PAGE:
E.P. REVIEW: The Troubled Boy At The Bonfire Disco

Troubled Boy at the Bonfire Disco - Cover

Freddie Bourne is an American singer songwriter hailing from Jackson, New Jersey. He has been very highly placed in various talent competitions including winning Liberty Idol in 2010. He is known for fronting the bands Exit 22 and Sahara from Jackson and Manalapan, New Jersey, respectively.

His solo career began in 2012, and he has opened for acts such as Tyler Hilton from the television show One Tree Hill, Jersey Acoustic Music Award Winner Chelsea Carlson, and played for Gavin and Joey DeGraw’s bar The National Underground. He released his debut album, Only Human, in 2013.

This EP, The Troubled Boy At The Bonfire Disco, consists of four tracks and constitutes his fifth project. The style is essentially contemporary pop, a blend of Lewis Capaldi-style acoustic/piano singer-songwriting with some EDM aspects incorporated to give the sound a modern edge. This is perfectly encapsulated by the excellent opening track, I Hope You Don’t Forgive Me. Based around picked acoustic guitar, Bourne delivers a haunting vocal melody in his distinctive, emotive singing style.

You can hear the influences of songwriters like James Blake, Daniel Powter and Richard Marx in the melancholy, intimate nature of the music, at least at first. After the chorus hook, it breaks into an unexpected EDM section, before returning to the second verse augmented by warm strings. With its radio friendly sound and subtle but effective title hook, this has huge hit potential and also as soundtrack music.

Second track Jeni is another well crafted song, this one more straightforward stylistically, essentially anthemic pop/rock that brought to mind Paolo Nutini and Coldplay, circa A Rush Of Blood To The Head. Bourne gives another compelling vocal performance in his plaintive upper register, with subtle touches of electronica emerging in the second verse. The concise guitar solo working in tandem with synths was a nice touch and once again, the vocal melody sticks quickly in the memory. This would also make a fine single release.

The EDM production style returns to the fore on the intro to Pale Blue Sky, before breaking down to a sparse verse. This allows the vocals to dominate, backed by a minimal beat and haunting piano arpeggios. The simple hook of “I’ll fly with you…” proves addictive and the way the arrangement builds to an EDM finale is cleverly done. Again, the commercial potential is big, owing to the wide ranging appeal of the pop/dance crossover sound.

Final track Spacedust has an equally languid tempo, Bourne delivering a Chris Martin-esque falsetto vocal that sounds natural and uncontrived. Once again, it is something of a slow burning epic, gradually building in texture and rhythm towards an understated but highly intricate blend of picked acoustic guitar patterns and interweaving synths. This track will again have a large across the aboard appeal, particularly those who love Coldplay’s more recent output.

Overall, this is a consistently strong collection of songs by an upcoming artist gifted with both a unique style of his own and a contemporary, commercial sound. In an era where male singer-songwriters are dominating the charts worldwide, Freddie Bourne has everything it takes to make it to the top and this EP could potentially be a major step towards that goal.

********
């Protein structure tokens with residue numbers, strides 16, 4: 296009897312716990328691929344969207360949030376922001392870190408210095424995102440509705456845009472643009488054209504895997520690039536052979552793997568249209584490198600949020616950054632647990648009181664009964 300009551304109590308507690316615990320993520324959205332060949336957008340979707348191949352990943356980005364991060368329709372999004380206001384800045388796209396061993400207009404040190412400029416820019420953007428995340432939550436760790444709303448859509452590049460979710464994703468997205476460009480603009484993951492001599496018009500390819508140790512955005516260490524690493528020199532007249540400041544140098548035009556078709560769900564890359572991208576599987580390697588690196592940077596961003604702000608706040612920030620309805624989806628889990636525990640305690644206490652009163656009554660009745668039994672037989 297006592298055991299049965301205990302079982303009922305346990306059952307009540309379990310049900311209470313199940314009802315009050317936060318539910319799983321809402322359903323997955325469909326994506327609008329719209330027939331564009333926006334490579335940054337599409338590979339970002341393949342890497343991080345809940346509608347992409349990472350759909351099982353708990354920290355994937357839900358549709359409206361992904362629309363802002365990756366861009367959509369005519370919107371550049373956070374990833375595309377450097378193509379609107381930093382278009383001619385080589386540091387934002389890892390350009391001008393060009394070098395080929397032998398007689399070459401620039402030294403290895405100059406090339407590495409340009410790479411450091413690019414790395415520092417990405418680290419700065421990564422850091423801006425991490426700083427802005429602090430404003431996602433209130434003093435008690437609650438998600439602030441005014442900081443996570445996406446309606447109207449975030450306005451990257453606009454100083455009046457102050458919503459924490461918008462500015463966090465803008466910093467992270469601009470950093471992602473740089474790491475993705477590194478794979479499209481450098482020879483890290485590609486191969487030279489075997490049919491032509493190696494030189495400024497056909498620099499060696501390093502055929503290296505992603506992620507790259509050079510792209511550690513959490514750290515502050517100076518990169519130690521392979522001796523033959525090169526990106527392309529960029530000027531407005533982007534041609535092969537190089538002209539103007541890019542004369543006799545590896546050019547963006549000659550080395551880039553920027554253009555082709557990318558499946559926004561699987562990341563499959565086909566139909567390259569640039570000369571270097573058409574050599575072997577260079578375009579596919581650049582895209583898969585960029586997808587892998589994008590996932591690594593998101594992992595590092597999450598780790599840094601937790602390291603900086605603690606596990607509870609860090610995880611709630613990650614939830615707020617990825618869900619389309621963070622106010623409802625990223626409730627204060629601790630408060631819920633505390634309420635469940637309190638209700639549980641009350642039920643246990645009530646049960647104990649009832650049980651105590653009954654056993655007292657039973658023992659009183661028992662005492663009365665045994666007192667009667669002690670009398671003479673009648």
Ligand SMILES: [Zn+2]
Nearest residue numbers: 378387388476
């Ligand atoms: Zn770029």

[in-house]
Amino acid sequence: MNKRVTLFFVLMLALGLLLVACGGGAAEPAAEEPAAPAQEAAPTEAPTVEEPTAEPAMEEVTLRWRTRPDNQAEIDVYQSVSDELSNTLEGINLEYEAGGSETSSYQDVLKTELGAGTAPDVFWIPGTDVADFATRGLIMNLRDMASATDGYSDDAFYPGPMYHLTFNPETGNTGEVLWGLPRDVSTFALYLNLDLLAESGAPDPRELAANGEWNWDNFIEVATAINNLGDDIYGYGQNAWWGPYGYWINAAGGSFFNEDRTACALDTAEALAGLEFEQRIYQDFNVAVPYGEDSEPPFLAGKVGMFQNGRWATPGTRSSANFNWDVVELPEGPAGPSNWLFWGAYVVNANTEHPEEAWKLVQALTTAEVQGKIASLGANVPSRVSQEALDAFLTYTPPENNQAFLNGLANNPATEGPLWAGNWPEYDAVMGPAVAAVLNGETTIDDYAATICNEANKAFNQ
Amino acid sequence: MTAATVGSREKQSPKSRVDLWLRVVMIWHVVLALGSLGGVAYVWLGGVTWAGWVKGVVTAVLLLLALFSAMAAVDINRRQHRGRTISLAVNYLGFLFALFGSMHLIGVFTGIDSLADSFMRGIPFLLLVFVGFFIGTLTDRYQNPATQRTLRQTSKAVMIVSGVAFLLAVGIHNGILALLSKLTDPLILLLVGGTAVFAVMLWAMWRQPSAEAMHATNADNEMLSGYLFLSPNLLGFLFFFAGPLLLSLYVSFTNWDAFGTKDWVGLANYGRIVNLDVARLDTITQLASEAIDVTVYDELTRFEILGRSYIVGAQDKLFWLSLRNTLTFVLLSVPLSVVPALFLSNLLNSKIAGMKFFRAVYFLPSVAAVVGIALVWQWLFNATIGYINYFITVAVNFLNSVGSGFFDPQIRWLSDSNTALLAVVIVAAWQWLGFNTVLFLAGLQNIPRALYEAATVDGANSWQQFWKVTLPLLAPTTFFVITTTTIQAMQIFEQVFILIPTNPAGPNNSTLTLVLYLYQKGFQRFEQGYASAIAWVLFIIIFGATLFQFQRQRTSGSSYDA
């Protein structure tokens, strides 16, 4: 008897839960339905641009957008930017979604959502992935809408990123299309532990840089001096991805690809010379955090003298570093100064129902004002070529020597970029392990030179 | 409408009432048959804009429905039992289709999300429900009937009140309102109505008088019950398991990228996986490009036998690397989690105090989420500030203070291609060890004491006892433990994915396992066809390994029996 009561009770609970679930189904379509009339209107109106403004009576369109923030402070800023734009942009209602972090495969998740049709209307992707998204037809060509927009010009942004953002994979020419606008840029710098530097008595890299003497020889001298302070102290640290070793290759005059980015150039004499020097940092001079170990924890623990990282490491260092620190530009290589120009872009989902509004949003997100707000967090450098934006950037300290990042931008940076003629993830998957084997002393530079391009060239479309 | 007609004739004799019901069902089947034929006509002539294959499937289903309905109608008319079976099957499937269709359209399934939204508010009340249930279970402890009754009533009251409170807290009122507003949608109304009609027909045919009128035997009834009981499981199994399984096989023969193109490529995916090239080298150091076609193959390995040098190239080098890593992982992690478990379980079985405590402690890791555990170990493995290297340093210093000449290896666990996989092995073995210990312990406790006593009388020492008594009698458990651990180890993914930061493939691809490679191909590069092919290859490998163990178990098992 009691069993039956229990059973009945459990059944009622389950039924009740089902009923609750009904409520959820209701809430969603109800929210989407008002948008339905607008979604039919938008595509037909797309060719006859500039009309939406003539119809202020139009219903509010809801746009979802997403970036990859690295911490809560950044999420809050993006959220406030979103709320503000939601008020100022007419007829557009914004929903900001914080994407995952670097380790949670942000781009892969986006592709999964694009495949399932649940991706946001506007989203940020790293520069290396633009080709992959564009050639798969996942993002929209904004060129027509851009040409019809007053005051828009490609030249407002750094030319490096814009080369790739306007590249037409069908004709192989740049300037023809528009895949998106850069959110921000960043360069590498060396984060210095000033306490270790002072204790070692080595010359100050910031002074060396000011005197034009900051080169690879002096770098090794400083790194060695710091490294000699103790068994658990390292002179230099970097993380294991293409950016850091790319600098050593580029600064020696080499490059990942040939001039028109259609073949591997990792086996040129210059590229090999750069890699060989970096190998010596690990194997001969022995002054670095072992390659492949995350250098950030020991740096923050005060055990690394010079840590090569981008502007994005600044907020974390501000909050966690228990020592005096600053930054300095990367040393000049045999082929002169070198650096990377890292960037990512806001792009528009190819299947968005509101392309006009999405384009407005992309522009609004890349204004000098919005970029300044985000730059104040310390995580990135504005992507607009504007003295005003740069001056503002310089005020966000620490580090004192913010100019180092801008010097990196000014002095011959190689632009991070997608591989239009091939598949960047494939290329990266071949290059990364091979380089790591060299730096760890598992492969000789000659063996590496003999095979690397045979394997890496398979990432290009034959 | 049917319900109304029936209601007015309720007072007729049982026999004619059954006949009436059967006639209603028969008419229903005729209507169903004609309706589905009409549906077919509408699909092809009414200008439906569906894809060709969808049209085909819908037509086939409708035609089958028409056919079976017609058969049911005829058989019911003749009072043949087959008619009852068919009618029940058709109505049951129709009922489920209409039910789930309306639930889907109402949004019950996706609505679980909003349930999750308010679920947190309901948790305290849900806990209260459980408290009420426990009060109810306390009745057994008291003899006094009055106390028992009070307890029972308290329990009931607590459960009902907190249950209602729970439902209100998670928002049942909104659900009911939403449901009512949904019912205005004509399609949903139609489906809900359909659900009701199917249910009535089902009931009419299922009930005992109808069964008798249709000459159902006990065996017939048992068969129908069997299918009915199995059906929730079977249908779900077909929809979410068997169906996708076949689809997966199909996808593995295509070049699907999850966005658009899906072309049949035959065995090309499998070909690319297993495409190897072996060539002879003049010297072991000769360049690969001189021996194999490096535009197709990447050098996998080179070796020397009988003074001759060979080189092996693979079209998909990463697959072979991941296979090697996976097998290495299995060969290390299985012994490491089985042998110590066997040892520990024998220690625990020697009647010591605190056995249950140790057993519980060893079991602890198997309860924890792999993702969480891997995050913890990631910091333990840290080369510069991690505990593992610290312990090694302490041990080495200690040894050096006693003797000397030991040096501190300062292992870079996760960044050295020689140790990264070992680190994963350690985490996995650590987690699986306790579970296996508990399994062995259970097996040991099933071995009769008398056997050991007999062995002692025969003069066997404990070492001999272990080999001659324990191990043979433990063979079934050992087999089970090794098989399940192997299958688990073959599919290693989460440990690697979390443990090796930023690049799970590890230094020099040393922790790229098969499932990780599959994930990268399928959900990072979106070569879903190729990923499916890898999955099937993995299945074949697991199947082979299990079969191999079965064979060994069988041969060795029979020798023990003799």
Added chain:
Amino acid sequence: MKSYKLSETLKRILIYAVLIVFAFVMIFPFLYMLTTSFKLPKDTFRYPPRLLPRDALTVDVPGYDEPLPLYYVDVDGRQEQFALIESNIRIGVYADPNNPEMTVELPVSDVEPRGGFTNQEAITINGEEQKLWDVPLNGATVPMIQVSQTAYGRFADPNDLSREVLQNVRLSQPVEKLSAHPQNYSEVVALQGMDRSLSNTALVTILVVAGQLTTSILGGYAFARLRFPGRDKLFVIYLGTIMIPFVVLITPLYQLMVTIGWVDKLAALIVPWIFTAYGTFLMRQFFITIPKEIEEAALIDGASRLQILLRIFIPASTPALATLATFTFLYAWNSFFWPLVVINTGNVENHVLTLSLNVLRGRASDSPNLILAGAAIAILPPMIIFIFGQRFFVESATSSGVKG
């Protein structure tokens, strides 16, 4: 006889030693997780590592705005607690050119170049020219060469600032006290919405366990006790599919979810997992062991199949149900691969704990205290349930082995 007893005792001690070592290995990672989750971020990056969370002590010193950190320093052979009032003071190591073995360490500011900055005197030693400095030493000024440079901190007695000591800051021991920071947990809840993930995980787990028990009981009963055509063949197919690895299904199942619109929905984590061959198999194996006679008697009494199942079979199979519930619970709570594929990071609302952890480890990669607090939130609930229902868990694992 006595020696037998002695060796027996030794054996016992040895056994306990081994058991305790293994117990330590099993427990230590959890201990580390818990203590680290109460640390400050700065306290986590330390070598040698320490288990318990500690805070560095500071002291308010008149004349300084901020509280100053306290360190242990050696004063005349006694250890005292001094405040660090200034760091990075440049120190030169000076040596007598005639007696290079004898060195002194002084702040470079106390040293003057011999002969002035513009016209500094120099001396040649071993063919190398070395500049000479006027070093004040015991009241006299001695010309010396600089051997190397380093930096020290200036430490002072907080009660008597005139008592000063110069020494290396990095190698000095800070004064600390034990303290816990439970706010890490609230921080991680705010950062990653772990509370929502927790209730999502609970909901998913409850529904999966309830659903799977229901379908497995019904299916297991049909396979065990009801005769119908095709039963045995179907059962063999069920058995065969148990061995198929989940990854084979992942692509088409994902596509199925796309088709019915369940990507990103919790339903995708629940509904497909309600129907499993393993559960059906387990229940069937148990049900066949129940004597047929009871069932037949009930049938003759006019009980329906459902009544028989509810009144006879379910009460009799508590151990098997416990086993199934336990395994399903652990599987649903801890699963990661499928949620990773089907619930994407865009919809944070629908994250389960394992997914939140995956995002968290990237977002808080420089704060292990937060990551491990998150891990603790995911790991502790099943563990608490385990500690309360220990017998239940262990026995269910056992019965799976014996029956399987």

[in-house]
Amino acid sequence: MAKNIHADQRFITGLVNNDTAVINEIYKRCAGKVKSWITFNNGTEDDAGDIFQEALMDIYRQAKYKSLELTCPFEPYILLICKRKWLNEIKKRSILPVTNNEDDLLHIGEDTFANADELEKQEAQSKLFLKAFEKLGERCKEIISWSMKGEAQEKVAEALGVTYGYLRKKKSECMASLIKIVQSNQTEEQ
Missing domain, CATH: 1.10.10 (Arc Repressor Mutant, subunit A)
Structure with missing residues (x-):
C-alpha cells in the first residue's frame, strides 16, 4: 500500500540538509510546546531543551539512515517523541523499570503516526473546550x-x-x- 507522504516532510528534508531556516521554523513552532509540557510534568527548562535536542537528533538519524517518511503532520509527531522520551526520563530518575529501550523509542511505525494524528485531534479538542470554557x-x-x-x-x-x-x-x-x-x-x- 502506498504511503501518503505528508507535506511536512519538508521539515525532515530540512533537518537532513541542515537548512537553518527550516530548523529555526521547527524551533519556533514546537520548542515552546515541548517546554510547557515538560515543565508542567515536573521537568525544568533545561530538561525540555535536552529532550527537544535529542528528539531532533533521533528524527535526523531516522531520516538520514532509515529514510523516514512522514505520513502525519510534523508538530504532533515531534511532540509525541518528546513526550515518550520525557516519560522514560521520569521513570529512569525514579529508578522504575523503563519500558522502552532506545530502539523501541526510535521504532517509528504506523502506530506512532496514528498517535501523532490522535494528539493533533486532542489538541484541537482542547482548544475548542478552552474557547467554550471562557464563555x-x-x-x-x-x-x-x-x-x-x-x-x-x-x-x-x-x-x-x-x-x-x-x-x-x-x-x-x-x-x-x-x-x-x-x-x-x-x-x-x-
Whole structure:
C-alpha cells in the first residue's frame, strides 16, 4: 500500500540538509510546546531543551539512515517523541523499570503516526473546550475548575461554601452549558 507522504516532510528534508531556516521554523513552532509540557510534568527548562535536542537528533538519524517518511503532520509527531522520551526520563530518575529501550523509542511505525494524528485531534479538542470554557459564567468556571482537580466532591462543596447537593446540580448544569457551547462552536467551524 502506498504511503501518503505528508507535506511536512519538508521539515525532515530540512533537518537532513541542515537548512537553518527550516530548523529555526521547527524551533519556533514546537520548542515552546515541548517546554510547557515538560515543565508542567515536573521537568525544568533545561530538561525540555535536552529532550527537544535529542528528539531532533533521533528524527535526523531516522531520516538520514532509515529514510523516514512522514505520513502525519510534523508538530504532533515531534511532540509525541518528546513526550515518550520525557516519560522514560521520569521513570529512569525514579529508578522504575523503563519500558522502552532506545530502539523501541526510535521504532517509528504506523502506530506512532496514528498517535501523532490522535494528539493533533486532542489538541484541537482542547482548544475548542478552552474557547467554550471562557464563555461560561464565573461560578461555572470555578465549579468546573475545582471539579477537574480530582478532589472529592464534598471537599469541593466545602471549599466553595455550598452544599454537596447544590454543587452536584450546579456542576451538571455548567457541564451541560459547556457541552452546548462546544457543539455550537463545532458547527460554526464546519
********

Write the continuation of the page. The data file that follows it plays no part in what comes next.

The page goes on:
VERDICT = 9.1 out of 10

Alex Faulkner

Listen here:

E.P. REVIEW: Bittersweet by Mason Roberts

Bittersweet.jpg
Mason Roberts is a singer and songwriter currently based in Kalamazoo, MI. His music is essentially emotive pop in the style of James Blunt but with an electronica/EDM aspect to his sound, akin to James Blake. As a vocalist, he has been compared to Josh Groban and Michael Bublé, amongst others. He has released several EPs before this one including Big City, Naturally and Come Home Tonight along with the recent singles 2 Close, Open Wide and Emotionless.

This EP, Bittersweet, consists of four tracks and begins strongly with the title track. Starting with a haunting acoustic guitar melody, Mason’s highly distinctive vocal style emerges along with a simple but effective beat which then develops into a more intricate EDM rhythm. Mason gives an affecting, memorable vocal performance often near the top of his considerable range. The contrast between the delicate melodies and more strident beat makes for a very effective dichotomy.

It’s on the second track though where Mason truly gets to shine vocally. Shattered begins in a similarly understated way to Bittersweet, similar in style to an artist like Sam Smith, then starts to build to an epic chorus where Mason’s rich vibrato comes to the fore. The power of the vocals is matched by the strength of the vocal melody and the combined effect is breathtaking, especially the extended high note on the line “Make me whole again…”.

Burn maintains his signature sound of EDM-infused pop, this one even featuring a snare roll and riser before the chorus. Once again, the vocals excel and the “Let me go” hook sticks fast in the memory. The balance between well crafted songwriting and a slick modern arrangement/production style is very skilfully managed, making it cutting edge whilst having strong traditional elements.

The final track is an acoustic version of Bittersweet and the intimacy of this version allows the beauty of the vocal melody and lyrics to make more impact. It will be up to listeners to decide which version they prefer, but both have their merits.

Overall, this is a very strong EP from a singer songwriter blessed with an exceptional voice. The standard of the songwriting matches the quality of the vocals and the infusion of EDM elements gives it a decidedly modern appeal. It’s surely only a matter of time before the world catches on to the brilliant talent of Mason Roberts and perhaps this is the EP that kicks down the door.

 

VERDICT= 9.1 out of 10 

Alex Faulkner

 

 

 

Listen here: